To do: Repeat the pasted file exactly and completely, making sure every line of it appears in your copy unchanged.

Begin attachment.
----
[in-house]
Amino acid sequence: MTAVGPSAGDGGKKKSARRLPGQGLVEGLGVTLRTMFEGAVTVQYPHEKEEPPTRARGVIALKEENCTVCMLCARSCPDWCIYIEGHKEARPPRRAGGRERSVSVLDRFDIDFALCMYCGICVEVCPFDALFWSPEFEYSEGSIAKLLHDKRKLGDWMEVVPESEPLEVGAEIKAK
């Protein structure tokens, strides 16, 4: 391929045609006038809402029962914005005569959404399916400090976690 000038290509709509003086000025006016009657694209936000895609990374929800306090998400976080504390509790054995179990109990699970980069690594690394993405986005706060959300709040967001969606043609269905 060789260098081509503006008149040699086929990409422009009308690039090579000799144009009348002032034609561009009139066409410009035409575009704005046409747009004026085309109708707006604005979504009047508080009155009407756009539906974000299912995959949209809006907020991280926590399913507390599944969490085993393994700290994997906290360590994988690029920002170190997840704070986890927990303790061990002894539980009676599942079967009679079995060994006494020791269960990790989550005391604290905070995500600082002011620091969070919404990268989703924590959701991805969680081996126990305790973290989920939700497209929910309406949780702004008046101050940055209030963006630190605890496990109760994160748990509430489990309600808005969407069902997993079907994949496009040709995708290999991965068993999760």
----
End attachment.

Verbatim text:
[in-house]
Amino acid sequence: MTAVGPSAGDGGKKKSARRLPGQGLVEGLGVTLRTMFEGAVTVQYPHEKEEPPTRARGVIALKEENCTVCMLCARSCPDWCIYIEGHKEARPPRRAGGRERSVSVLDRFDIDFALCMYCGICVEVCPFDALFWSPEFEYSEGSIAKLLHDKRKLGDWMEVVPESEPLEVGAEIKAK
């Protein structure tokens, strides 16, 4: 391929045609006038809402029962914005005569959404399916400090976690 000038290509709509003086000025006016009657694209936000895609990374929800306090998400976080504390509790054995179990109990699970980069690594690394993405986005706060959300709040967001969606043609269905 060789260098081509503006008149040699086929990409422009009308690039090579000799144009009348002032034609561009009139066409410009035409575009704005046409747009004026085309109708707006604005979504009047508080009155009407756009539906974000299912995959949209809006907020991280926590399913507390599944969490085993393994700290994997906290360590994988690029920002170190997840704070986890927990303790061990002894539980009676599942079967009679079995060994006494020791269960990790989550005391604290905070995500600082002011620091969070919404990268989703924590959701991805969680081996126990305790973290989920939700497209929910309406949780702004008046101050940055209030963006630190605890496990109760994160748990509430489990309600808005969407069902997993079907994949496009040709995708290999991965068993999760």